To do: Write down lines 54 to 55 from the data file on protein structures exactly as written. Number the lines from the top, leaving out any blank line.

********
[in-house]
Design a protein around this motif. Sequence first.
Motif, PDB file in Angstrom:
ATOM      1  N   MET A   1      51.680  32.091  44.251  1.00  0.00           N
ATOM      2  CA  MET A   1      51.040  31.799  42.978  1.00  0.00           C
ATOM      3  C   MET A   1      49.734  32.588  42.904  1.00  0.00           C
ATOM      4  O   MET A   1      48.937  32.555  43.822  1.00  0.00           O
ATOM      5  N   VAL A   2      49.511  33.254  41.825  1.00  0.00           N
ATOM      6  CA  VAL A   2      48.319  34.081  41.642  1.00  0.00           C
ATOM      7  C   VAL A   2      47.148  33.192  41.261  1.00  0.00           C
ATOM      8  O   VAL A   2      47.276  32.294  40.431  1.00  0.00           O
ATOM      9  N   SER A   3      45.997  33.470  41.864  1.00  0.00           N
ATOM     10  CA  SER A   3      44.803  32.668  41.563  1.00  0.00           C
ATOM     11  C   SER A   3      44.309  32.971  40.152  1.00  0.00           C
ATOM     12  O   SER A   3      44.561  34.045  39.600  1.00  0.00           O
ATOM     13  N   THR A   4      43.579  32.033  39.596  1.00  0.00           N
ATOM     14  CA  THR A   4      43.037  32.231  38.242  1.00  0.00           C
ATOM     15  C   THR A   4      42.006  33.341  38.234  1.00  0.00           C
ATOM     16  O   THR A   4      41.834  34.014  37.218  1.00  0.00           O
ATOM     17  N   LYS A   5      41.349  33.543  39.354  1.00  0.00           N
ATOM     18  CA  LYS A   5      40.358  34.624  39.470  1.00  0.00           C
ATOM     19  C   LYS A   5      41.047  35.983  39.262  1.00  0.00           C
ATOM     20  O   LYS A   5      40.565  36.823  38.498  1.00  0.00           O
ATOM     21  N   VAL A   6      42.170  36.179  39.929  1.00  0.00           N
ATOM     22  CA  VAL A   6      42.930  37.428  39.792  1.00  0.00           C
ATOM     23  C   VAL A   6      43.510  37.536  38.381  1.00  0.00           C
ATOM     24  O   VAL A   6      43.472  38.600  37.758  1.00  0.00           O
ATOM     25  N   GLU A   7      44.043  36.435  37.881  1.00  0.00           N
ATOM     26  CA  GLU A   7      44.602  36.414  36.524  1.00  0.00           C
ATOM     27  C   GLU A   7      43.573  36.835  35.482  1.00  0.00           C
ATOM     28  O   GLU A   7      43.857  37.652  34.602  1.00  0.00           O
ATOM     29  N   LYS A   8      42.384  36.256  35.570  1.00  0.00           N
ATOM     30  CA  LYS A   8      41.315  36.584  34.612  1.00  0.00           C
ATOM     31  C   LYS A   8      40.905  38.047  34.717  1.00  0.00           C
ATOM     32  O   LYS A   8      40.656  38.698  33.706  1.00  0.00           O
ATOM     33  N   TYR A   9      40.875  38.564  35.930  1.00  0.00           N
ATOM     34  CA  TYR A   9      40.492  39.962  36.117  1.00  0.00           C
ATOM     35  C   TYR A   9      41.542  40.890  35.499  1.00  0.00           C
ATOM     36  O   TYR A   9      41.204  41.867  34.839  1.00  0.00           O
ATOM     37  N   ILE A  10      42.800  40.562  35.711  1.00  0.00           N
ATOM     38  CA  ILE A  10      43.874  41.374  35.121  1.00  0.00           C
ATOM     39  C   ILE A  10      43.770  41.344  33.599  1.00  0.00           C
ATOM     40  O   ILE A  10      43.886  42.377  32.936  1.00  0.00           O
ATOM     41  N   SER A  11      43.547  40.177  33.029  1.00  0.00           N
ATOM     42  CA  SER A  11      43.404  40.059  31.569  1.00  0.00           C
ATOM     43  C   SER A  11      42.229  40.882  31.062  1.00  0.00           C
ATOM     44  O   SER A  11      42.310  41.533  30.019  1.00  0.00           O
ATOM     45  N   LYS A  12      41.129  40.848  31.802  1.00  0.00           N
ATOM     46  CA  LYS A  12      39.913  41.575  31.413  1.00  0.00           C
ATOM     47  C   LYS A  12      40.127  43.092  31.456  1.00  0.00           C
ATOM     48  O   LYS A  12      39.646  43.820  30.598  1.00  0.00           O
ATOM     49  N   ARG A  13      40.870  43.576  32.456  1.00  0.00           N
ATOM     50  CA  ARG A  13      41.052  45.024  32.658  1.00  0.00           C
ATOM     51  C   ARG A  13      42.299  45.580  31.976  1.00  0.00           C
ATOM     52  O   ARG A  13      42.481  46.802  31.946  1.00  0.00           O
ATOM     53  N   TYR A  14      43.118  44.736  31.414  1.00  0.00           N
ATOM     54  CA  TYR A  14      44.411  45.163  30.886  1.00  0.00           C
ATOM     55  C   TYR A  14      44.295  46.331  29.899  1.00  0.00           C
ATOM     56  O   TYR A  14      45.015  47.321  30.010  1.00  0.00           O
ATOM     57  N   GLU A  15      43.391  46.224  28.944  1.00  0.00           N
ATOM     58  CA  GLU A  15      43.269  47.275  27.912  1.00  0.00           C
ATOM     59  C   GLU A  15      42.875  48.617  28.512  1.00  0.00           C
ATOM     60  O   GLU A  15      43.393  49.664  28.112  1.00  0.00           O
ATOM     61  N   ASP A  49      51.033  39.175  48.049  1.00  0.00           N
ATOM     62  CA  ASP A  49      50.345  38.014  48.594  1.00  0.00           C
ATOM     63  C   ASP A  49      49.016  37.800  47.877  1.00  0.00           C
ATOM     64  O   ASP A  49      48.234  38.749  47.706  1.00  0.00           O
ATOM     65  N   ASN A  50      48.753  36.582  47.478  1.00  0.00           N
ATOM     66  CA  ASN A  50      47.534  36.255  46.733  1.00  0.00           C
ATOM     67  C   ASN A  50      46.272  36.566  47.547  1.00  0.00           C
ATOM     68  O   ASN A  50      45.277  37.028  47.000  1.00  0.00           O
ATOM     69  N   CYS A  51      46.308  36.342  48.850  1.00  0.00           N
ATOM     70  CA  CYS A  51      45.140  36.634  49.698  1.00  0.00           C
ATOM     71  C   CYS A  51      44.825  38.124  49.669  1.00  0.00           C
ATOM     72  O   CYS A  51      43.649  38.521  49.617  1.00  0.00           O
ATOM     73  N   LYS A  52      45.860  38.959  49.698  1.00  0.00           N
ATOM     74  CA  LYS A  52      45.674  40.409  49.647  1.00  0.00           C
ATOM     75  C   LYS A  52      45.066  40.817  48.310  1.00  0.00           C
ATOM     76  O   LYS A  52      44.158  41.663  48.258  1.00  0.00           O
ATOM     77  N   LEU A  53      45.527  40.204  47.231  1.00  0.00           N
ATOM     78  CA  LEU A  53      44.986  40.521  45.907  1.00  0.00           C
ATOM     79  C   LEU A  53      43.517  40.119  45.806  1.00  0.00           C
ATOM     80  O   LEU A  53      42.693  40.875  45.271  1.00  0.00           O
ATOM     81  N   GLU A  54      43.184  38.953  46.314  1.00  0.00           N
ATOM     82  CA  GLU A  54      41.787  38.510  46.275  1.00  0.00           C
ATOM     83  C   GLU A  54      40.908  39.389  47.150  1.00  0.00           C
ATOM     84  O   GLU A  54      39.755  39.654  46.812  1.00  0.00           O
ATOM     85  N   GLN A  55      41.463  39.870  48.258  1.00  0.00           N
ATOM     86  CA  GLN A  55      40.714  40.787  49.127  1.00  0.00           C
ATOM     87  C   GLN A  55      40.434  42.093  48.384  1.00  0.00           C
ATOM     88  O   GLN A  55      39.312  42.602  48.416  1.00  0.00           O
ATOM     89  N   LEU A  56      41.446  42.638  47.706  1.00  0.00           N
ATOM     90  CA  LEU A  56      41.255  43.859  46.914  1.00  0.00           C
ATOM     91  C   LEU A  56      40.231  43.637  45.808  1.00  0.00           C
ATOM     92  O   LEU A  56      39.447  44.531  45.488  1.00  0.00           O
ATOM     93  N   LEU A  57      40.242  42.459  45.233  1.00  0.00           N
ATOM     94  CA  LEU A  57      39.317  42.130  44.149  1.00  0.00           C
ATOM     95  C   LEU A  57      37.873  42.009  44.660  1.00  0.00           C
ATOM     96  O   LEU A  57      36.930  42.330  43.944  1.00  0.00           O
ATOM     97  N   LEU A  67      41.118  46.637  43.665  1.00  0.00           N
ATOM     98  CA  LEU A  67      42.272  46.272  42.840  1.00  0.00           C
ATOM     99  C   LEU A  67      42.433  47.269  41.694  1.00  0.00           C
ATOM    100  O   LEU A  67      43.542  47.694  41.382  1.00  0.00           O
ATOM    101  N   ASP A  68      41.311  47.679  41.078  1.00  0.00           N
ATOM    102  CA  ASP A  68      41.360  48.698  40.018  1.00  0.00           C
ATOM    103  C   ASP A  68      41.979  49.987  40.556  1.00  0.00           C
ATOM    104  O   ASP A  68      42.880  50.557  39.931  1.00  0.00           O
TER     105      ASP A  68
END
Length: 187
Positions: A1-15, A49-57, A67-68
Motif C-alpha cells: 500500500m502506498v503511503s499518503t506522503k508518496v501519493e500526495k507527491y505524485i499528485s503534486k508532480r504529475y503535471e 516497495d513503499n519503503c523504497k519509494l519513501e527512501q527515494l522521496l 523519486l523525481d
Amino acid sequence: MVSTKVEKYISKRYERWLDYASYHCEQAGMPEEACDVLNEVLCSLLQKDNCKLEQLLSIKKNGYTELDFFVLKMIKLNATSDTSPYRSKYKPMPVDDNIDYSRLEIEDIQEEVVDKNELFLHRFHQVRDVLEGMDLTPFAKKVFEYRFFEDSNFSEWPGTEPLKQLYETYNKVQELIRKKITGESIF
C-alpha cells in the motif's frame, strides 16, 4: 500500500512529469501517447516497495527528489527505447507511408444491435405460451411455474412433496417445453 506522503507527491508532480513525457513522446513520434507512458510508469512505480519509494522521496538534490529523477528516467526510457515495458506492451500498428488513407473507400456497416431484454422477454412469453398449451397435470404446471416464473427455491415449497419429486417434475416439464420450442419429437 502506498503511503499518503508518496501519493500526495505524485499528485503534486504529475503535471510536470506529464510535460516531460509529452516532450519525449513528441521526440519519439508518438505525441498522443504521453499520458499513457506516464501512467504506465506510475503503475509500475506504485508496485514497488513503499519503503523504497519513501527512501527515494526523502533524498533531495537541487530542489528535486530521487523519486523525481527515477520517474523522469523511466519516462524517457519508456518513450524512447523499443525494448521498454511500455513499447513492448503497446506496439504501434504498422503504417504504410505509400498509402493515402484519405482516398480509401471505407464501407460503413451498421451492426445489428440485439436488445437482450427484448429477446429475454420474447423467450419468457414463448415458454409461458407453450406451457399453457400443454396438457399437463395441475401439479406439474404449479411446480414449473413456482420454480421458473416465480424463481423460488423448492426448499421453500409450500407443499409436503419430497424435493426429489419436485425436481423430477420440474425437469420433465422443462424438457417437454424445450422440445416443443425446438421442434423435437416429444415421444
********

ATOM     51  C   ARG A  13      42.299  45.580  31.976  1.00  0.00           C
ATOM     52  O   ARG A  13      42.481  46.802  31.946  1.00  0.00           O